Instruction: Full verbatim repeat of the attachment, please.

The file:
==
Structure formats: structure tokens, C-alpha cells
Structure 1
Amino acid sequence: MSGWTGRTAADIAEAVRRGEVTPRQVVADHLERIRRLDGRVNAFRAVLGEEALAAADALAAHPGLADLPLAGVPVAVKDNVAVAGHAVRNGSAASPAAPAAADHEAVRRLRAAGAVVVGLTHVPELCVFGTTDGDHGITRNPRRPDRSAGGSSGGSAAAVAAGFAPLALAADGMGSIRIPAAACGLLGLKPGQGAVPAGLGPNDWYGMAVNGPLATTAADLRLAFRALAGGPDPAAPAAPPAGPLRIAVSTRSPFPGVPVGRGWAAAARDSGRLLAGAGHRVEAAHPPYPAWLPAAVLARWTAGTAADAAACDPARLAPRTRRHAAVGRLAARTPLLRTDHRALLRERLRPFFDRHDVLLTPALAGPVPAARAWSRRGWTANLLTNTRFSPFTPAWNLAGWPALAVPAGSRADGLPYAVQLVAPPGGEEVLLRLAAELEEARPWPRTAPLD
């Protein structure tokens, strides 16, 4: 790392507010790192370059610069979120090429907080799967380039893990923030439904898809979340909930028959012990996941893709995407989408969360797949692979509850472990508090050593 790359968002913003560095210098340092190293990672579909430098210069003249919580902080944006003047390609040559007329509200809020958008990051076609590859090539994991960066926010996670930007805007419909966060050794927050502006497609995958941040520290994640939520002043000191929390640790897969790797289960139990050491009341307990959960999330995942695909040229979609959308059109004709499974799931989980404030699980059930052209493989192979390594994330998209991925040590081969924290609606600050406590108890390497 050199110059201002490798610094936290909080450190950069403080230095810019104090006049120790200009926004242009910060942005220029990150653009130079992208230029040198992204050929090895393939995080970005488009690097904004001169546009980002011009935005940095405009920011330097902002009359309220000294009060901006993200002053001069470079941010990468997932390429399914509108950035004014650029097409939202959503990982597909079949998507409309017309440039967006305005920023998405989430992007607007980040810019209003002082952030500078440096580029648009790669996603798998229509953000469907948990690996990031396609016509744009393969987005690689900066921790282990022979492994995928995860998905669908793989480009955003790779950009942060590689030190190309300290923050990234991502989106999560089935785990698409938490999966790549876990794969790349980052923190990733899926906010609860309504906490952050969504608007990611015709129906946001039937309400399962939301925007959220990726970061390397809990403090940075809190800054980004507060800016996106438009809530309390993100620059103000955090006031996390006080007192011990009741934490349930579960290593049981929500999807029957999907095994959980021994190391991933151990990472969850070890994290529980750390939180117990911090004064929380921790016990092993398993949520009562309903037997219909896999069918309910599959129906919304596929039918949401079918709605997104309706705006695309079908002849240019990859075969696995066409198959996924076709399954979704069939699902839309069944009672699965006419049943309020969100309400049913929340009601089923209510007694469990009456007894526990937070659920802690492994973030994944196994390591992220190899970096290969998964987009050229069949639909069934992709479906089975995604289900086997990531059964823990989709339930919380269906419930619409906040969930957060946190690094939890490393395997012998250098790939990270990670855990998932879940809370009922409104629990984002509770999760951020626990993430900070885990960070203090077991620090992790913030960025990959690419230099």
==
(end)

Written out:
Structure formats: structure tokens, C-alpha cells
Structure 1
Amino acid sequence: MSGWTGRTAADIAEAVRRGEVTPRQVVADHLERIRRLDGRVNAFRAVLGEEALAAADALAAHPGLADLPLAGVPVAVKDNVAVAGHAVRNGSAASPAAPAAADHEAVRRLRAAGAVVVGLTHVPELCVFGTTDGDHGITRNPRRPDRSAGGSSGGSAAAVAAGFAPLALAADGMGSIRIPAAACGLLGLKPGQGAVPAGLGPNDWYGMAVNGPLATTAADLRLAFRALAGGPDPAAPAAPPAGPLRIAVSTRSPFPGVPVGRGWAAAARDSGRLLAGAGHRVEAAHPPYPAWLPAAVLARWTAGTAADAAACDPARLAPRTRRHAAVGRLAARTPLLRTDHRALLRERLRPFFDRHDVLLTPALAGPVPAARAWSRRGWTANLLTNTRFSPFTPAWNLAGWPALAVPAGSRADGLPYAVQLVAPPGGEEVLLRLAAELEEARPWPRTAPLD
């Protein structure tokens, strides 16, 4: 790392507010790192370059610069979120090429907080799967380039893990923030439904898809979340909930028959012990996941893709995407989408969360797949692979509850472990508090050593 790359968002913003560095210098340092190293990672579909430098210069003249919580902080944006003047390609040559007329509200809020958008990051076609590859090539994991960066926010996670930007805007419909966060050794927050502006497609995958941040520290994640939520002043000191929390640790897969790797289960139990050491009341307990959960999330995942695909040229979609959308059109004709499974799931989980404030699980059930052209493989192979390594994330998209991925040590081969924290609606600050406590108890390497 050199110059201002490798610094936290909080450190950069403080230095810019104090006049120790200009926004242009910060942005220029990150653009130079992208230029040198992204050929090895393939995080970005488009690097904004001169546009980002011009935005940095405009920011330097902002009359309220000294009060901006993200002053001069470079941010990468997932390429399914509108950035004014650029097409939202959503990982597909079949998507409309017309440039967006305005920023998405989430992007607007980040810019209003002082952030500078440096580029648009790669996603798998229509953000469907948990690996990031396609016509744009393969987005690689900066921790282990022979492994995928995860998905669908793989480009955003790779950009942060590689030190190309300290923050990234991502989106999560089935785990698409938490999966790549876990794969790349980052923190990733899926906010609860309504906490952050969504608007990611015709129906946001039937309400399962939301925007959220990726970061390397809990403090940075809190800054980004507060800016996106438009809530309390993100620059103000955090006031996390006080007192011990009741934490349930579960290593049981929500999807029957999907095994959980021994190391991933151990990472969850070890994290529980750390939180117990911090004064929380921790016990092993398993949520009562309903037997219909896999069918309910599959129906919304596929039918949401079918709605997104309706705006695309079908002849240019990859075969696995066409198959996924076709399954979704069939699902839309069944009672699965006419049943309020969100309400049913929340009601089923209510007694469990009456007894526990937070659920802690492994973030994944196994390591992220190899970096290969998964987009050229069949639909069934992709479906089975995604289900086997990531059964823990989709339930919380269906419930619409906040969930957060946190690094939890490393395997012998250098790939990270990670855990998932879940809370009922409104629990984002509770999760951020626990993430900070885990960070203090077991620090992790913030960025990959690419230099």